Ex-al-Qaeda man has not been de­rad­i­calised, will be re­leased next year, says ex­pert

New Straits Times - - FRONT PAGE -

AN in­ter­na­tional an­titer­ror­ism group has cau­tioned Malaysia of se­ri­ous ex­is­ten­tial ter­ror threats, when one of its own is re­leased from prison next year.

Their con­cern in­volves for­mer al-Qaeda op­er­a­tive Yazid Su­faat, now serv­ing his fi­nal months in prison.

The In­ter­na­tional As­so­ci­a­tion for Coun­tert­er­ror­ism and Se­cu­rity Pro­fes­sion­als — Cen­tre for Se­cu­rity Stud­ies, South­east Asia Re­gional Cen­tre (IACSP), said it had been mon­i­tor­ing Yazid’s progress be­hind bars and con­cluded that he had not been de­rad­i­calised.

“We found that the (Mus­lim) cler­ics and ex­perts as­signed to him were never able to de­rad­i­calise him.

“In fact, we have come to learn that one of them is Yazid’s close friend and con­fi­dant.

“He holds strongly to the ide­olo­gies that he has been sub­scrib­ing to,” said IACSP South­east Asia re­gional di­rec­tor and IACSP Nordic Re­gion ad­viser An­drin Raj.

He said it was cru­cial that the author­i­ties, in deal­ing with the radicalise­d, re­visit the “text­book” used in de-rad­i­cal­i­sa­tion.

This, he said, was be­cause the for­mu­las used to ar­rest threats be­tween the 1960s and 1990s were not en­tirely suited for present-day sce­nar­ios.

On threats that Yazid could pose, An­drin said the for­mer army cap­tain, who once al­legedly led al-Qaeda’s ef­forts to pro­duce weapons of mass de­struc­tion in Afghanista­n, could pick up where he left off.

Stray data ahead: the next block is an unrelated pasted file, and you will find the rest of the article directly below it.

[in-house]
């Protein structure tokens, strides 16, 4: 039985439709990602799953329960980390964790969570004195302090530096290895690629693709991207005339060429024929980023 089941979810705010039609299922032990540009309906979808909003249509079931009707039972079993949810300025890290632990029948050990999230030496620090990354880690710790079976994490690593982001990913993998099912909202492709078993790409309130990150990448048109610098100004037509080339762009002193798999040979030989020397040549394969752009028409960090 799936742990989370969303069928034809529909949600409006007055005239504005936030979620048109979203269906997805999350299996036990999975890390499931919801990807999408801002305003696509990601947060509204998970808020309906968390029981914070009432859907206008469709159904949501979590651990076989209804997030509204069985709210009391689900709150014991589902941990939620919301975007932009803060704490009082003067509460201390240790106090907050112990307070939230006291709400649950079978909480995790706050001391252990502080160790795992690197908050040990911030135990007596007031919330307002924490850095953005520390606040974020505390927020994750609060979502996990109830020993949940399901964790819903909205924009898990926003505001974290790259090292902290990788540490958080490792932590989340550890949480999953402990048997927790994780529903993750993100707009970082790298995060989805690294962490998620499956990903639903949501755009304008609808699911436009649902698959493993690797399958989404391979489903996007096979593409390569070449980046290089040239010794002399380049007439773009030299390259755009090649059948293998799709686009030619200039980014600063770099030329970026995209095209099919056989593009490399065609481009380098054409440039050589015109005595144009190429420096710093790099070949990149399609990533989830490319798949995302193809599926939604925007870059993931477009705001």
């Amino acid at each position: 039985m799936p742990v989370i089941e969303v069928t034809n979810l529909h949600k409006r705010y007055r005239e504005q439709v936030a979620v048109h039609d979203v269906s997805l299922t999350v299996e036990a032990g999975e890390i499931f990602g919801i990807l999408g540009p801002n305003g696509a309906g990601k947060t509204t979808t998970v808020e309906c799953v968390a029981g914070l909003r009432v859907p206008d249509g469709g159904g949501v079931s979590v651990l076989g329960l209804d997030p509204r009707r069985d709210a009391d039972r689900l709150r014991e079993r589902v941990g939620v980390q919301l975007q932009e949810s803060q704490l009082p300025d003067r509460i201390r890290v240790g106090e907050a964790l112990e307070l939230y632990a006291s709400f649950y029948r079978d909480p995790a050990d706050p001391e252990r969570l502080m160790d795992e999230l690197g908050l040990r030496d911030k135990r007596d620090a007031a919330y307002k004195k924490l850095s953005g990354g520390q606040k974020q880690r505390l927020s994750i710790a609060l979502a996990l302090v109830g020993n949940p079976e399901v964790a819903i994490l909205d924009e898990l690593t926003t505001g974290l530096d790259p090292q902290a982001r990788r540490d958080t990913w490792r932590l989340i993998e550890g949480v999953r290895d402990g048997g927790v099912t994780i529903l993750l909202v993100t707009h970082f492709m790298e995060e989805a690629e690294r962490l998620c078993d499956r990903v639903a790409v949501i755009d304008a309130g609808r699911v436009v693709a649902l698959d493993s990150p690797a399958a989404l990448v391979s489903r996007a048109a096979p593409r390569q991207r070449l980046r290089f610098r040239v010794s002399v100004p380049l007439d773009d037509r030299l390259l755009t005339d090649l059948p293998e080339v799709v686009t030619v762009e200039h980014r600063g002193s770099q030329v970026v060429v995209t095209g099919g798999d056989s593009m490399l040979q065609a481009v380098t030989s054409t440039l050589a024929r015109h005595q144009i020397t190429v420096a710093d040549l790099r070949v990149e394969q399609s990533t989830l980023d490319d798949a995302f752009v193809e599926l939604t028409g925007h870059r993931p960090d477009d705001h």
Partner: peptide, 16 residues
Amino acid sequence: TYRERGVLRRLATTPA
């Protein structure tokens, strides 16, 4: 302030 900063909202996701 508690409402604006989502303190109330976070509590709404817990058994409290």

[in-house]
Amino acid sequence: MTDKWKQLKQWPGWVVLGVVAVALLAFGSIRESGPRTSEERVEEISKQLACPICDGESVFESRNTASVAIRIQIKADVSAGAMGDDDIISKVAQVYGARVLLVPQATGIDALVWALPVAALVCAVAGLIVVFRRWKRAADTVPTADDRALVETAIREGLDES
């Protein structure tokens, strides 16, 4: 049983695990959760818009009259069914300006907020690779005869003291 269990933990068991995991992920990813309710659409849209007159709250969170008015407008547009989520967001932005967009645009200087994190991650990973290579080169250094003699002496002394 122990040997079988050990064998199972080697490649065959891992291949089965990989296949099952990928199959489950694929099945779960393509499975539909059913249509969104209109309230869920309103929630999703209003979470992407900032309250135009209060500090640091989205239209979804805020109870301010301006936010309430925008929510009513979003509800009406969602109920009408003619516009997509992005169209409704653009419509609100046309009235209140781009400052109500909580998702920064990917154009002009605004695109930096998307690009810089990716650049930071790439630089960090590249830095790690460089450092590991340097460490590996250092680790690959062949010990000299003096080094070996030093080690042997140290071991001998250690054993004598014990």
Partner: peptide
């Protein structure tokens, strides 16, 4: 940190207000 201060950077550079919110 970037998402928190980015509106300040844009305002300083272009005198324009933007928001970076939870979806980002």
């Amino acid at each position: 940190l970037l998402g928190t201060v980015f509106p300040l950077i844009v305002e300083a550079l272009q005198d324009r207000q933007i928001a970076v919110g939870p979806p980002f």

“The threat of ter­ror re­mains very real, as ev­i­dent in the re­cent ar­rest of sev­eral for­mer al-Qaeda mem­bers in Malaysia as well as those sup­port­ive of the Is­lamic State.

“Among the chief con­cerns of the global com­mu­nity that is striv­ing to keep ter­ror threats at bay is that the radicalise­d, with such a back­ground, re­cruit new play­ers or carry out acts of ter­ror­ism.”

He said he agreed with Fed­eral Po­lice Spe­cial Branch Coun­terT­er­ror­ism Di­vi­sion prin­ci­pal as­sis­tant di­rec­tor Datuk Ayob Khan, who had said Yazid re­mained a se­cu­rity risk.

This, they both said, was telling from the fact that the 54-year-old had been in­volved in ter­ror­ism­re­lated ac­tiv­i­ties af­ter his re­lease from de­ten­tion un­der the In­ter­nal Se­cu­rity Act, where he em­barked on a re­cruit­ment drive among pris­on­ers at Ta­pah Prison.

This was in 2013, when he was ar­rested un­der the Se­cu­rity Of­fences (Spe­cial Mea­sures) Act and was im­pris­oned there for four years.

Ac­cord­ing to Bukit Aman, the Ta­pah Prison re­cruit­ment was in­tended to sup­ply the IS in Syria with fighters from Malaysia.

Last year, he was re­ar­rested and de­tained for two years, af­ter his re­cruit­ment drive dur­ing his in­car­cer­a­tion was dis­cov­ered.

Yazid, be­fore that, was de­tained for eight years un­der the now-de­funct In­ter­nal Se­cu­rity Act be­tween 2002 and 2010.

An­drin said an in­ter­view con­ducted with a for­mer com­rade of Yazid’s re­vealed that those in­volved in try­ing to “turn him around” had ad­mit­ted to fail­ing to un­der­stand the “re­li­gious text that he sub­scribes to”.

An­drin Raj

Yazid Su­faat

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